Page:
Tunisia has been under a state of emergency since a suicide bombing in November killed 12 members of the presidential guard in the heart of Tunis — an attack that capped an unusually violent year for Tunisia. 

I'm thinking drill.

That bombing, as well as deadly attacks earlier in the year against the Bardo museum in Tunis and the tourist beach town of Sousse, were claimed by the Islamic State group. 

You can return to the scene of the "crime."

In Paris just before leaving for home, Essid said the problem was not with democracy, but with the economy.

‘‘We have a set of policies to try to solve this issue, which is one of this government’s main challenges,’’ he said after his meeting with the French president. ‘‘We don’t have a magic wand. We can’t solve the problem of unemployment in one go.’’

France promised aid worth 1 billion euros, much of it dedicated to inland regions far from the relatively glamorous coastal areas that include the resort of Sousse. But tourism, the main driver of Tunisia’s economy, plummeted after last year’s attacks, leaving even the coasts struggling.

‘‘You want a solution? It’s easy: give the people jobs, instead of pouring millions into Sousse,’’ said Abid Khadhraoui, another unemployed graduate. ‘‘You had five years and nothing happened. All we want are jobs!’’


"Tunisian youths demand jobs, say government is failing them" by Bouazza Ben Bouazza and Benjamin Wiacek Associated Press  January 23, 2016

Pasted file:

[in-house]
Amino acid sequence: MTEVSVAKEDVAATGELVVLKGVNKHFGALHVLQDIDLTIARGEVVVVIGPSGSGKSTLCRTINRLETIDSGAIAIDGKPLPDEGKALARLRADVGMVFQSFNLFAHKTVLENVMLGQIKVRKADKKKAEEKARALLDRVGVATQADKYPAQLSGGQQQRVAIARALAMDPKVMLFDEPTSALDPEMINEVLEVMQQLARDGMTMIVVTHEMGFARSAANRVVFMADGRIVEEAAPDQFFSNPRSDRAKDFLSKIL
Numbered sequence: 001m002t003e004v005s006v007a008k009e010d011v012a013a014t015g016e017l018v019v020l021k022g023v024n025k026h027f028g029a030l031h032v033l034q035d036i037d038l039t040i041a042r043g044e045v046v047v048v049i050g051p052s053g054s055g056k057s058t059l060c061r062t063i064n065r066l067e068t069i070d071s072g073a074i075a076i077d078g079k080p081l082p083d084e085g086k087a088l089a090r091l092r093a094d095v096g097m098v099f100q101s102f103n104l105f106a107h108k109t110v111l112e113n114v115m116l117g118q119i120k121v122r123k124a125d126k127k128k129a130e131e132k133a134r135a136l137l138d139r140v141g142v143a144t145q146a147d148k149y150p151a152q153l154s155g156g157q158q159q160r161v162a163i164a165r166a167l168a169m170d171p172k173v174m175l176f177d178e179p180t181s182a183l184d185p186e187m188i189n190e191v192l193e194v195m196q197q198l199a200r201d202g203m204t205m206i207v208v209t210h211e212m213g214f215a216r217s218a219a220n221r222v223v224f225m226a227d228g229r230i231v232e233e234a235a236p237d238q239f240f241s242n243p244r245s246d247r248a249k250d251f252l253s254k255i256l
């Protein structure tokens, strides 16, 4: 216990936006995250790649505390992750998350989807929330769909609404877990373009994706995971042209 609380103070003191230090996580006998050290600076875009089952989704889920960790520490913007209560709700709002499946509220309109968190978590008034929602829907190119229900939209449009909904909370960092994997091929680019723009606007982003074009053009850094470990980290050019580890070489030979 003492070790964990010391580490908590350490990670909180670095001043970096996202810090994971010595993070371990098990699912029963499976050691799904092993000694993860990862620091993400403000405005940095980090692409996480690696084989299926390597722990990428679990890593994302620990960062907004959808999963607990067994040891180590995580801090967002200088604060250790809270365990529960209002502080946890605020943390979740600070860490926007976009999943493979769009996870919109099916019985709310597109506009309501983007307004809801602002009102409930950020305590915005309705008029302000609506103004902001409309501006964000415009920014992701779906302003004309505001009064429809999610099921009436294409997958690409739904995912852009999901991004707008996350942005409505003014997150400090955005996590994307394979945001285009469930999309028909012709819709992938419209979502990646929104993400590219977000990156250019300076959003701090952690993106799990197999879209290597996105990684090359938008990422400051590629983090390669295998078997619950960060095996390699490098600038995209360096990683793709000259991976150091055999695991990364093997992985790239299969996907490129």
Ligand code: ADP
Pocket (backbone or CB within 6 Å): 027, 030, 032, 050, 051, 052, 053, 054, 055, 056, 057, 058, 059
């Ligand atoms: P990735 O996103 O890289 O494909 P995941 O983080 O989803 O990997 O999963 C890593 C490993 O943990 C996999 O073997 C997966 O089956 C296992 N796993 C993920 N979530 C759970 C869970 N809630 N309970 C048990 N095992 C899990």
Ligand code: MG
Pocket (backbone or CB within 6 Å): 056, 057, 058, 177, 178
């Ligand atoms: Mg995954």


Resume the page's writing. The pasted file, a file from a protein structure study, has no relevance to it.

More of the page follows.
KASSERINE, Tunisia — Unemployed young people from the Tunisian city that touched off nationwide protests say the government is failing them and protested anew Saturday in a precarious calm enforced by a nationwide curfew.

What did you expect when you adopted the we$tern model?

Tunisia, the birthplace of the Arab Spring protest movement, is the only democracy to rise from those turbulent demonstrations five years ago, touched off by the suicide of a young man who despaired of making a living. The country has a 15 percent unemployment rate, but among young people one in three is jobless.

The government imposed a nationwide curfew Friday night and has not said when it will be lifted.

The nationwide protests this week were triggered by the death of a young man in Kasserine who was electrocuted when he climbed a transmission tower to protest losing out on a government job. The protests then spread to cities throughout the country, including scattered demonstrations in the capital Tunis, where a bank and some stores were looted.